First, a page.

Wanting to own

Question from Paul updated on 27th April 2012:

I am on a low income and am wondering if it's possible to get a mortgage to buy my own place? I am currently paying $350 a week in rent. After doing my sums on the bank's website it shows that by paying this amount in rent, I could potentially borrow about $220,000 with a deposit of $15,000 to $20,000. However, when I checked to see how much I could borrow against my business income of $32,000 (with taxable income of around $24,000) and family support income of $11,000 per year, it's only $100,000. Why is it that a bank's website says I can afford to pay a loan of around $220,000 but the bank won't lend it? Is a person buying a house at the bottom of the housing market (even though they can afford the payments) not considered a good risk?

Our expert Kris Pedersen responded:

There can be quite a difference between the calculators shown on banking websites and how they actually assess affordability. Note that a calculator which only asks how much you are paying in rent is really just there as a sales tool for the banks to attract potential customers. This is because it hasn't asked you at all what your monthly outgoings are. The banks do need to show an element of care and that through their figures a client could afford the mortgage that they are giving to them. Note that there are several buffers that the banks include in their own calculations to ensure that they are building in safety margins. Also you have stated that you are self-employed and there can be differences in the way that you look at your income and the way the bank calculates it (you may look at the $32,000 figure whereas it is likely the bank will only go off the $24,000 number). Obviously this is frustrating for you especially when you feel you can afford the payments. I would recommend calculating them based off a principal and interest mortgage, over a 30 year term based on a 7.5% interest rate. This comes to $1,538 per month for the $220,000 mortgage you mentioned. As you are receiving family support I am picking you have either a single or multiple dependants. After the mortgage payment this would leave you about $1,020 to pay rates, insurance and all living costs which is quite tight. If you do feel you can still afford this and have a family member / friend (who earns a reasonable income) who you trust and who trusts you, you may wish to approach them to see if they would come on the mortgage to assist with meeting the serviceability requirements.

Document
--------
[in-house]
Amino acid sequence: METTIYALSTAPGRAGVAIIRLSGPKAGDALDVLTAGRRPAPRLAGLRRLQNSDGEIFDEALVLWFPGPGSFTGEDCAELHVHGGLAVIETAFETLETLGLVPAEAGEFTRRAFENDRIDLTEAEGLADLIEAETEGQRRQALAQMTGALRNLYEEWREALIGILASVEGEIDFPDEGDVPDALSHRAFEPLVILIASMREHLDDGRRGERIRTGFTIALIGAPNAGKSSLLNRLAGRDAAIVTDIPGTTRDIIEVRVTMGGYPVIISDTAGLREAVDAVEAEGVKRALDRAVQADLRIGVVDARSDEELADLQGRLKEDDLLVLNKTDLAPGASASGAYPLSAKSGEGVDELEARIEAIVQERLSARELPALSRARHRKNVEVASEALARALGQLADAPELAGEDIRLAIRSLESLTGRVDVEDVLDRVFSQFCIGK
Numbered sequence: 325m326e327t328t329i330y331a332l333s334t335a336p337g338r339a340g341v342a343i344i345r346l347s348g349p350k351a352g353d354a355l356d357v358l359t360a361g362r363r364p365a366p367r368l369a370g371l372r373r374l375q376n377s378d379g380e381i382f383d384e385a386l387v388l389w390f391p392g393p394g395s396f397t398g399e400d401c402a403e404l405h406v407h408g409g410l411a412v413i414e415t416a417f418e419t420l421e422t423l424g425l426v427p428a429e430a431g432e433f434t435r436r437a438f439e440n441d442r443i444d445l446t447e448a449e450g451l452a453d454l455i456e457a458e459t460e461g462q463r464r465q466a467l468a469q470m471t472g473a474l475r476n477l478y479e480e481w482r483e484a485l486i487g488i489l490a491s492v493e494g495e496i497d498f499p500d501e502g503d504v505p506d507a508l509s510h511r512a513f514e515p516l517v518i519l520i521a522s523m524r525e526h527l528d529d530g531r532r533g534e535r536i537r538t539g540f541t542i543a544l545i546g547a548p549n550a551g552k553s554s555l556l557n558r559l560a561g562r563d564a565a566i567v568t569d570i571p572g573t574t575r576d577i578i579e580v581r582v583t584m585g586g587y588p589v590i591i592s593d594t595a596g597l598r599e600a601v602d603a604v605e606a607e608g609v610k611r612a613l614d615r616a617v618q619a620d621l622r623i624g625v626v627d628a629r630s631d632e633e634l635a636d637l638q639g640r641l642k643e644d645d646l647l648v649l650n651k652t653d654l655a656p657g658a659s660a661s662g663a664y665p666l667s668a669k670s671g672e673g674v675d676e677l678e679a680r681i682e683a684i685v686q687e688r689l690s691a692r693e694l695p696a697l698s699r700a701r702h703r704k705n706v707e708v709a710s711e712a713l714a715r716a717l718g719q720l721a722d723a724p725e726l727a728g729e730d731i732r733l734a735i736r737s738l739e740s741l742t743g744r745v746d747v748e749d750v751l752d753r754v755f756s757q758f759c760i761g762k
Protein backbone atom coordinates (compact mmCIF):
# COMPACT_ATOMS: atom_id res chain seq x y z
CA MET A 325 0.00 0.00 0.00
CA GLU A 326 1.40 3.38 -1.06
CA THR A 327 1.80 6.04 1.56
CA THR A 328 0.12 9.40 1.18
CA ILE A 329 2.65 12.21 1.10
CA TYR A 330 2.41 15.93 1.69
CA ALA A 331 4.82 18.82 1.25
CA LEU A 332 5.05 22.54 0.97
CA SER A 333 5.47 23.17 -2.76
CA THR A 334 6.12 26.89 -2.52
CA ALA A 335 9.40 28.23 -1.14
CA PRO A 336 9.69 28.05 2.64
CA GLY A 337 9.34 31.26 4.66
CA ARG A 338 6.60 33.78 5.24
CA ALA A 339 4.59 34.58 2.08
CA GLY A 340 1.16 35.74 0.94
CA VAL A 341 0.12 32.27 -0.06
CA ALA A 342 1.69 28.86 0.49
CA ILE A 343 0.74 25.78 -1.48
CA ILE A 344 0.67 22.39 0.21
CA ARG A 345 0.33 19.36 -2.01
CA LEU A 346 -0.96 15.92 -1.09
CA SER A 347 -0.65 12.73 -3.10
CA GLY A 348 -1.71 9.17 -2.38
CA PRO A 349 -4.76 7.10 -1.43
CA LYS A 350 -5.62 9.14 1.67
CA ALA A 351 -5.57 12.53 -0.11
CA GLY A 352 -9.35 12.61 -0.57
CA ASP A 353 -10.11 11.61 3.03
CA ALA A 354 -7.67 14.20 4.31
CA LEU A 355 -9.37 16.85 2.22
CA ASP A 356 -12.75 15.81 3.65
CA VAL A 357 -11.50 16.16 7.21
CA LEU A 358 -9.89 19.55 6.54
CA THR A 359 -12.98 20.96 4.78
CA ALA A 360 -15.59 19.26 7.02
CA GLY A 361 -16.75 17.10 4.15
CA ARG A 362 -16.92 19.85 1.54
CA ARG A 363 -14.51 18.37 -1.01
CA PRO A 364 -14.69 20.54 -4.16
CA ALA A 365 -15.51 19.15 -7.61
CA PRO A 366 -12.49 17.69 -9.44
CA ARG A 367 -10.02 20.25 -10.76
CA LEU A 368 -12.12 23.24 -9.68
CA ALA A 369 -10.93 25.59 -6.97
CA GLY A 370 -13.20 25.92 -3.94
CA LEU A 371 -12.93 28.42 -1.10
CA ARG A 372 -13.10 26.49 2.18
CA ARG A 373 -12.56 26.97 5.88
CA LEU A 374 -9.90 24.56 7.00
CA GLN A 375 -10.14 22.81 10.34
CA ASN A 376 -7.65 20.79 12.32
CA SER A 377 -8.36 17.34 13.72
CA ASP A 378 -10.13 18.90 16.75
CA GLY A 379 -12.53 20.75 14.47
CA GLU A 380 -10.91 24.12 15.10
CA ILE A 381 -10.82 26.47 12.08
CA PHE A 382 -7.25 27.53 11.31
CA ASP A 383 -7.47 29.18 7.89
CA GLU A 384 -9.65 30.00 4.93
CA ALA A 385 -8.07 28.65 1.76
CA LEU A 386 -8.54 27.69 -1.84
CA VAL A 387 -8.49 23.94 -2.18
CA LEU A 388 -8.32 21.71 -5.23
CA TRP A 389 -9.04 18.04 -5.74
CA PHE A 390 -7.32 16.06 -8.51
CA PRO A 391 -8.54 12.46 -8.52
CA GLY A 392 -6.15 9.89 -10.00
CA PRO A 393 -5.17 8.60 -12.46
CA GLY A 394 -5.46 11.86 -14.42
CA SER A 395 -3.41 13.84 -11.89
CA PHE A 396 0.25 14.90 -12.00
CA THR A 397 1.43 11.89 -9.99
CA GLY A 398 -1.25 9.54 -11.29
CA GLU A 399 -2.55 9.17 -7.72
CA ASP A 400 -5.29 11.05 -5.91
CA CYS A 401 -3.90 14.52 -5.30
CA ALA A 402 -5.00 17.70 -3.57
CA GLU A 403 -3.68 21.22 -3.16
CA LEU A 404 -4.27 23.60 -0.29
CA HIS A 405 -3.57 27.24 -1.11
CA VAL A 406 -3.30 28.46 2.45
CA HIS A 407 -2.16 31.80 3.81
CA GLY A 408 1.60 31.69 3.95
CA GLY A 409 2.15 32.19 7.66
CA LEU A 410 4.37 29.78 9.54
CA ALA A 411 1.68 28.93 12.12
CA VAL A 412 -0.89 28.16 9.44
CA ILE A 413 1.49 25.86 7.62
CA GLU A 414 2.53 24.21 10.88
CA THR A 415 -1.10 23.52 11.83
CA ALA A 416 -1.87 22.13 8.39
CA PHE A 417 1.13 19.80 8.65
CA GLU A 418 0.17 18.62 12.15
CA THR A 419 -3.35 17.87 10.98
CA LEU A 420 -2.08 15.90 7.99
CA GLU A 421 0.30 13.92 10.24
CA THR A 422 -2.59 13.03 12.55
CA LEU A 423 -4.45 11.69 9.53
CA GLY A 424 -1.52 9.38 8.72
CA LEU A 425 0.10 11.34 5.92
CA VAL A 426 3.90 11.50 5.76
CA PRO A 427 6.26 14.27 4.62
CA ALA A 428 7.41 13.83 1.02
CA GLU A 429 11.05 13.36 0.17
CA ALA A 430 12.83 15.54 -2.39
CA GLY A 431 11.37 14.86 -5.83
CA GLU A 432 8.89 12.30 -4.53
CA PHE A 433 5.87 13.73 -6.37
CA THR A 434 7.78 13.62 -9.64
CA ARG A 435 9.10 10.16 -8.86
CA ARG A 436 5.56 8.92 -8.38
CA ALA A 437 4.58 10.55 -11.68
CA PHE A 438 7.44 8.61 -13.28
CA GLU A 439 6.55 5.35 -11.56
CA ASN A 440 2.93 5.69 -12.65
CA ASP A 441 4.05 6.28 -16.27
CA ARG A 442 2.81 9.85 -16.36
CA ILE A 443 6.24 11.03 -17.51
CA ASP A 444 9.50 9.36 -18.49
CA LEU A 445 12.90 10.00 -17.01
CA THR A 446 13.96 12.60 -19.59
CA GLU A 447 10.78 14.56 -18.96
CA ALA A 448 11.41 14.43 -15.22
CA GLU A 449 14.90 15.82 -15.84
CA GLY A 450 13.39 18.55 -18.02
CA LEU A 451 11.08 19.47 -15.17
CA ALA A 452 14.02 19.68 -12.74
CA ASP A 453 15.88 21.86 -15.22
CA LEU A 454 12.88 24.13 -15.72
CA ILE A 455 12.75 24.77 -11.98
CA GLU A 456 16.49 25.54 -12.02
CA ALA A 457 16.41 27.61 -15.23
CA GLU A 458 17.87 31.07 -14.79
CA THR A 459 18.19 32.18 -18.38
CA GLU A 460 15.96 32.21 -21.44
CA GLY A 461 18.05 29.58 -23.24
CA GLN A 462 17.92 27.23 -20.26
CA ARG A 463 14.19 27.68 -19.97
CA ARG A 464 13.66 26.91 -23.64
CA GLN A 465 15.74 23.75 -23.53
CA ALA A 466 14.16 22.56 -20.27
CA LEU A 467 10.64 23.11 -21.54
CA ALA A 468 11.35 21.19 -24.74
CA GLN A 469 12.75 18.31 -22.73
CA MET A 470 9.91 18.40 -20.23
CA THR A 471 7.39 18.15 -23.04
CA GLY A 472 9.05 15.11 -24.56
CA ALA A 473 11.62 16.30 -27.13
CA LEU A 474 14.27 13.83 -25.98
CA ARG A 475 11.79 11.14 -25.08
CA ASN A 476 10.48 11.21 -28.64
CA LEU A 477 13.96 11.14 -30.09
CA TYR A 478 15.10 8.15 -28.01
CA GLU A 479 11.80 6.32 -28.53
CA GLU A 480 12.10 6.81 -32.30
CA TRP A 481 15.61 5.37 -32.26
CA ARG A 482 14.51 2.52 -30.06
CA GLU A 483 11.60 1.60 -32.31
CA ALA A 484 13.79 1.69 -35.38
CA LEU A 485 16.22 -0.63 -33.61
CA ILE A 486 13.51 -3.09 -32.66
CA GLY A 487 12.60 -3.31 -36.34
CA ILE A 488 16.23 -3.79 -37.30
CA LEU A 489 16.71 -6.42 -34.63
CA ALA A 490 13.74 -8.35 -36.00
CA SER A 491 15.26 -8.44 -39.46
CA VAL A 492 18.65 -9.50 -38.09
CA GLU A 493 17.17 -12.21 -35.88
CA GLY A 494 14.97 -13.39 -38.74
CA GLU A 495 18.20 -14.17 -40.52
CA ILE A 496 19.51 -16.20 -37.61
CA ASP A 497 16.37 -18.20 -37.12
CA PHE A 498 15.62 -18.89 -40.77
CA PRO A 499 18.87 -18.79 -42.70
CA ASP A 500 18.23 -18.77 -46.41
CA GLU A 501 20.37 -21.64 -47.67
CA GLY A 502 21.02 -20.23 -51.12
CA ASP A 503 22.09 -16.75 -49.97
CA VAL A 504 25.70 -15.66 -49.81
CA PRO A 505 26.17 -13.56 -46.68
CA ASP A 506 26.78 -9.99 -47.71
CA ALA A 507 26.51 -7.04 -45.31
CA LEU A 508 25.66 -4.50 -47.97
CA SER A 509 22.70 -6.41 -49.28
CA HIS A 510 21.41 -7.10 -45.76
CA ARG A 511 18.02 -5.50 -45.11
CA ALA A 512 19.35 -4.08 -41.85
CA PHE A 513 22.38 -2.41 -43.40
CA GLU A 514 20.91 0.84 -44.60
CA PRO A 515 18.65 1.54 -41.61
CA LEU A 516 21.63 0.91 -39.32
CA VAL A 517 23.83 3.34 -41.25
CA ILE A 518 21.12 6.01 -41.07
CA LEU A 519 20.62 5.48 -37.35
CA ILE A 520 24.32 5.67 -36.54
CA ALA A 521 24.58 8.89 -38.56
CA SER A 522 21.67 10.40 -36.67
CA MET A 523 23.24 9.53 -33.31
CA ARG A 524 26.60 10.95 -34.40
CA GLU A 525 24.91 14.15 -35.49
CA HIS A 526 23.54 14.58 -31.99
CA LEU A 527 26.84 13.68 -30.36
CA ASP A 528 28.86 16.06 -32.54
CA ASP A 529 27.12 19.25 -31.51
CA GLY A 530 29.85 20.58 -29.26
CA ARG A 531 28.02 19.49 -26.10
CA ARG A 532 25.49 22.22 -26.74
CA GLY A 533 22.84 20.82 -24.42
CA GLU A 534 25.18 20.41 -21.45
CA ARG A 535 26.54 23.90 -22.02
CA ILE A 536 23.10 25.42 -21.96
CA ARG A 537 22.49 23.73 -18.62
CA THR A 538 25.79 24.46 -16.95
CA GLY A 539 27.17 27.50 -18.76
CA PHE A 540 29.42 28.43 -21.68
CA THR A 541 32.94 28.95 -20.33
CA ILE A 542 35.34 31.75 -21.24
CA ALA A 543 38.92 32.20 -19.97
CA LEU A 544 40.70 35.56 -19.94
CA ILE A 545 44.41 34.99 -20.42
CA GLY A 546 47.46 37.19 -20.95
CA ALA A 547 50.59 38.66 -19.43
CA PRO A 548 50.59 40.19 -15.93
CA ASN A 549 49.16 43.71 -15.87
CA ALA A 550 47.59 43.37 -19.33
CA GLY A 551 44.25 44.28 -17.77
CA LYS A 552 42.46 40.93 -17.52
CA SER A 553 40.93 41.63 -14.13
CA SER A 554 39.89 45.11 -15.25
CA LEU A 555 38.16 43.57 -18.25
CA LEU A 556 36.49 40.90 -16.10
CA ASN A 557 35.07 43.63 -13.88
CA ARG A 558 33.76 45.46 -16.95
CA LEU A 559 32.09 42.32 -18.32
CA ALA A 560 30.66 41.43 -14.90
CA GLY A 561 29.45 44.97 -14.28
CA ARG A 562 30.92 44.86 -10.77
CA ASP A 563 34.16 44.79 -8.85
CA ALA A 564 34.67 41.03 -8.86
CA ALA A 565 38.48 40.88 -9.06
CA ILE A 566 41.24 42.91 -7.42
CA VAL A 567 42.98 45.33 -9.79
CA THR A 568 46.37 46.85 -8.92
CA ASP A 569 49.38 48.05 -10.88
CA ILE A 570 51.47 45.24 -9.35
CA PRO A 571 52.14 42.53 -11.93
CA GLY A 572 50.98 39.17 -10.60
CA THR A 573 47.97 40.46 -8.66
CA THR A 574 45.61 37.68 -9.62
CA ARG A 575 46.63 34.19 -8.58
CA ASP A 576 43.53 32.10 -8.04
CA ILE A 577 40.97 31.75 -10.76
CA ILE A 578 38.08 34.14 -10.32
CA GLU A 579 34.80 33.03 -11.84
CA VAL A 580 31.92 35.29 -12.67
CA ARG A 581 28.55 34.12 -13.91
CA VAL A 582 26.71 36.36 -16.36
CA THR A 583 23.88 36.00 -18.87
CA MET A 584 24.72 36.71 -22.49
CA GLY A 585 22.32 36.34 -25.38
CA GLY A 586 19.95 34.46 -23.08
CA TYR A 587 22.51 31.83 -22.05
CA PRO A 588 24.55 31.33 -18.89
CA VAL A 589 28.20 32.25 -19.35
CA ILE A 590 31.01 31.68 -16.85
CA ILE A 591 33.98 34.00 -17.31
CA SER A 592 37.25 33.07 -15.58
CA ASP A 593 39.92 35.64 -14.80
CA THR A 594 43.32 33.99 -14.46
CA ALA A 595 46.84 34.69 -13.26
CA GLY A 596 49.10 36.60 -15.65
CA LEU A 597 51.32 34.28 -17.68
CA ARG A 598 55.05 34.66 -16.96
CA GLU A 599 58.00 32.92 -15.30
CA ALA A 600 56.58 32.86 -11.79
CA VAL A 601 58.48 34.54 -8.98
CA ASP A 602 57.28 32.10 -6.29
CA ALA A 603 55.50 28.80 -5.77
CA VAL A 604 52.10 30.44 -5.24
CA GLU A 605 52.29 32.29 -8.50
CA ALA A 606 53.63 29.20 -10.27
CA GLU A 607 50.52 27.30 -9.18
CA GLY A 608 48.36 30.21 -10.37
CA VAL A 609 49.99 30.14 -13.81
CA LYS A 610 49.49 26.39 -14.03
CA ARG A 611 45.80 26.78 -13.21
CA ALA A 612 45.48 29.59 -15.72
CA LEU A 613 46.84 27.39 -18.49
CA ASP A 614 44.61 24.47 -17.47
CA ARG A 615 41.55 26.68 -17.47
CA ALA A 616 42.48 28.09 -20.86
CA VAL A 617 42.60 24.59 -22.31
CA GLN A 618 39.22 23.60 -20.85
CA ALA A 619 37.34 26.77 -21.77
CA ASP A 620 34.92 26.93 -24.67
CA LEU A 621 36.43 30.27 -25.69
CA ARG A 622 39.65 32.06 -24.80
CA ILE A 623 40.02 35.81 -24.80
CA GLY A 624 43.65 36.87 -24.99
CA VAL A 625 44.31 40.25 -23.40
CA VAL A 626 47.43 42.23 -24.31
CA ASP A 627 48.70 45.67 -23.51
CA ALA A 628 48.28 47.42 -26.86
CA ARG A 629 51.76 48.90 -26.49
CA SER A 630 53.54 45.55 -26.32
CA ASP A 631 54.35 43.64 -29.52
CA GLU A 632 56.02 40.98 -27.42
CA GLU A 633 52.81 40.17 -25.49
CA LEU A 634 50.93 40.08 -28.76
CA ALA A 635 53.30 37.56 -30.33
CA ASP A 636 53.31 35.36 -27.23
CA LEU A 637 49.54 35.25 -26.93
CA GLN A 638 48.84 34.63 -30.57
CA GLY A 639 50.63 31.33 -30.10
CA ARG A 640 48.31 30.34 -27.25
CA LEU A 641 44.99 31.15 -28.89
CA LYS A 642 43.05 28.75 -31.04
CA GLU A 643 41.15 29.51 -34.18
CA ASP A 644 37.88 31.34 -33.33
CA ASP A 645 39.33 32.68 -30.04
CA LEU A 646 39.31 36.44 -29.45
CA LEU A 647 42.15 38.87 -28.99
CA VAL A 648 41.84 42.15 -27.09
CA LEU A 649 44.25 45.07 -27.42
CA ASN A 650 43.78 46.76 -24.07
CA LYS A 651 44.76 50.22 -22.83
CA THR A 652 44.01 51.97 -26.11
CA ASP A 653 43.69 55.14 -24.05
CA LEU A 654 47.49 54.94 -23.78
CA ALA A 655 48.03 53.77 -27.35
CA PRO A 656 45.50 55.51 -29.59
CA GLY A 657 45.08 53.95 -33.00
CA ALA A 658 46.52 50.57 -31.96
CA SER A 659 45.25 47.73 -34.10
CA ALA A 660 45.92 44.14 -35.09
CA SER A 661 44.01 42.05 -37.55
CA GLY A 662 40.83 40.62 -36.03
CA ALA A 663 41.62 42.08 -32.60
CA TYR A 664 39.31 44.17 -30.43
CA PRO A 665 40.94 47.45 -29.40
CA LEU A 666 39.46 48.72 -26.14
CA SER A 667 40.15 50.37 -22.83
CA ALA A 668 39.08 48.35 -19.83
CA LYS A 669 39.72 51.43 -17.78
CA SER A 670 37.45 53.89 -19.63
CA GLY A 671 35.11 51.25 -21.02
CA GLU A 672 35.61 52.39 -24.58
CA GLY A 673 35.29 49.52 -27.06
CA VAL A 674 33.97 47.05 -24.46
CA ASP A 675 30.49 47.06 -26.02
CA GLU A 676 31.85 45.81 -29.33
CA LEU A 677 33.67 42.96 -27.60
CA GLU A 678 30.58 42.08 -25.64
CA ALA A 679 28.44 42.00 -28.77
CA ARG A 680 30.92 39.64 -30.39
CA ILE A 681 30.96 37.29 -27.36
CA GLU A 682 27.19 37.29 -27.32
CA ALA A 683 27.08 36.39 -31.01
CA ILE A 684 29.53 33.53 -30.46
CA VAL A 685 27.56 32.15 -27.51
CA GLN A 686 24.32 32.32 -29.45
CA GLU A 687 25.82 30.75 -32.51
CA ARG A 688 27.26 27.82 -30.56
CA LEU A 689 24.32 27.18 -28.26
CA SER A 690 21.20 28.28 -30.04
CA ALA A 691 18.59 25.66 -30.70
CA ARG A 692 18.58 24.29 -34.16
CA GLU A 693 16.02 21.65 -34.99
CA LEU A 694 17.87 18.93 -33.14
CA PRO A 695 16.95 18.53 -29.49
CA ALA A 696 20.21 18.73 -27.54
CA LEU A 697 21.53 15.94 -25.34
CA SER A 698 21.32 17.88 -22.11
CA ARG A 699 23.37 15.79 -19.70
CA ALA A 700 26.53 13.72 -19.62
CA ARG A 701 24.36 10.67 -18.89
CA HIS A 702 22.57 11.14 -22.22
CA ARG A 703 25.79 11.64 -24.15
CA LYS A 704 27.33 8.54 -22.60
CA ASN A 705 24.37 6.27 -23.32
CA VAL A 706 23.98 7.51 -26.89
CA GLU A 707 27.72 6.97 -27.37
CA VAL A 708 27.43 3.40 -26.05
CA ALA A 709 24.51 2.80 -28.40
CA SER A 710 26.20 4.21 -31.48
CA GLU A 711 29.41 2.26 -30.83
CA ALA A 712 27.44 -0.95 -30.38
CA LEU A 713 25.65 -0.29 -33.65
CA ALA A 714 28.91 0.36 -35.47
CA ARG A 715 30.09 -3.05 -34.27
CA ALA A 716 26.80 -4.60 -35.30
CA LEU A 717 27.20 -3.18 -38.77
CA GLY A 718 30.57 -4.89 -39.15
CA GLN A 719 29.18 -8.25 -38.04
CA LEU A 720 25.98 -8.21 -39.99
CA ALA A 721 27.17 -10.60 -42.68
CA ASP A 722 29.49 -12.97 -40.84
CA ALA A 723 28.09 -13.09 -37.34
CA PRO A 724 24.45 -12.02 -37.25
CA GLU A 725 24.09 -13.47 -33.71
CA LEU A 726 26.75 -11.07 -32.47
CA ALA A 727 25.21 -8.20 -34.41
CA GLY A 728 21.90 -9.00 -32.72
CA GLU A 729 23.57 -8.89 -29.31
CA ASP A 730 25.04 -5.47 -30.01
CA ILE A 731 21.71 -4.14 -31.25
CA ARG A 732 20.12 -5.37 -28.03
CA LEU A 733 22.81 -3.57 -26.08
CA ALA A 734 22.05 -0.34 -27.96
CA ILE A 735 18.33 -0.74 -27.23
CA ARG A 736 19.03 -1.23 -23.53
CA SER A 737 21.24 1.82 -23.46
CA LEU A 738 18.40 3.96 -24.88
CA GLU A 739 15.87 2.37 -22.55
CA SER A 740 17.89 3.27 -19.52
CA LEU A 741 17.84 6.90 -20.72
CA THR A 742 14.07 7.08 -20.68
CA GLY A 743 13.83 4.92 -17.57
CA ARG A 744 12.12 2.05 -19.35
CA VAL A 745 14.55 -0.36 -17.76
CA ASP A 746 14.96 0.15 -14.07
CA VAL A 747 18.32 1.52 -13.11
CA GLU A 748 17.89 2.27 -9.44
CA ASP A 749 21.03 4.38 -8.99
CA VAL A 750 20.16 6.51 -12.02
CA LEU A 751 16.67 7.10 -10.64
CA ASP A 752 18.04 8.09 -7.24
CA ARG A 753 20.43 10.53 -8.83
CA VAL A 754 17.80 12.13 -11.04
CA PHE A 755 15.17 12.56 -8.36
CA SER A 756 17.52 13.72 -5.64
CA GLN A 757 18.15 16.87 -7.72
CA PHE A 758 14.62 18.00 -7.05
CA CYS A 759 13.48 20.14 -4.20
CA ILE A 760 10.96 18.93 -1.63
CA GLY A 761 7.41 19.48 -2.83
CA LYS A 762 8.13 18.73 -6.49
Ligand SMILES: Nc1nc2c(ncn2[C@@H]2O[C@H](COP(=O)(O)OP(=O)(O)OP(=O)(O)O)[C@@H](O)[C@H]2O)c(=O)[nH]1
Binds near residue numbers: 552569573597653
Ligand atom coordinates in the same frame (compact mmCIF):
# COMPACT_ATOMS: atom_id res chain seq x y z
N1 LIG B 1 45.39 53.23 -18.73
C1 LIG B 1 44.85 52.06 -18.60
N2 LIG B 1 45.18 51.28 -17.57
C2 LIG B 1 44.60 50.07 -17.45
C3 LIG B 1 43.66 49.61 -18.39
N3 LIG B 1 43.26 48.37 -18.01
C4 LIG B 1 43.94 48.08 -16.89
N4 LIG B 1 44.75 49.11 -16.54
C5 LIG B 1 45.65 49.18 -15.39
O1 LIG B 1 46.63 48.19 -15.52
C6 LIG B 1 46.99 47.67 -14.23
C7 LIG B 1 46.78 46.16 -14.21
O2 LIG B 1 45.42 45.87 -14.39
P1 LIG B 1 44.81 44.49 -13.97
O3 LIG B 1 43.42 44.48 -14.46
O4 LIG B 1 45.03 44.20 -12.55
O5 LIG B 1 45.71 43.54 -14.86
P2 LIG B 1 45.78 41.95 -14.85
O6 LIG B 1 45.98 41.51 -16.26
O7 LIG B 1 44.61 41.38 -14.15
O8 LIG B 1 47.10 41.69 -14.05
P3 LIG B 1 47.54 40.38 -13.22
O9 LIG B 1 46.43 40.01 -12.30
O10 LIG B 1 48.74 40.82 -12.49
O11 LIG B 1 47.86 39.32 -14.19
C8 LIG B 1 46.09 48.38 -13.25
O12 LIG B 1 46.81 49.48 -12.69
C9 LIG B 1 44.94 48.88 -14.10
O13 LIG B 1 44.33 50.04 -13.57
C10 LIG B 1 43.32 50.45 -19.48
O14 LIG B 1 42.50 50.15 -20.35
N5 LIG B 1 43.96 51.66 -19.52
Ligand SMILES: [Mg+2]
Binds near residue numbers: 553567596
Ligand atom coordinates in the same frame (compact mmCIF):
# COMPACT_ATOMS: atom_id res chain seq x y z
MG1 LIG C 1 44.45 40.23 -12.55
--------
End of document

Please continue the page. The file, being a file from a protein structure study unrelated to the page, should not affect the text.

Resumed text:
Kris Pedersen of Kris Pedersen Mortgages is a commentator on property and finance. His team sources top finance strategies. www.krispedersen.co.nz

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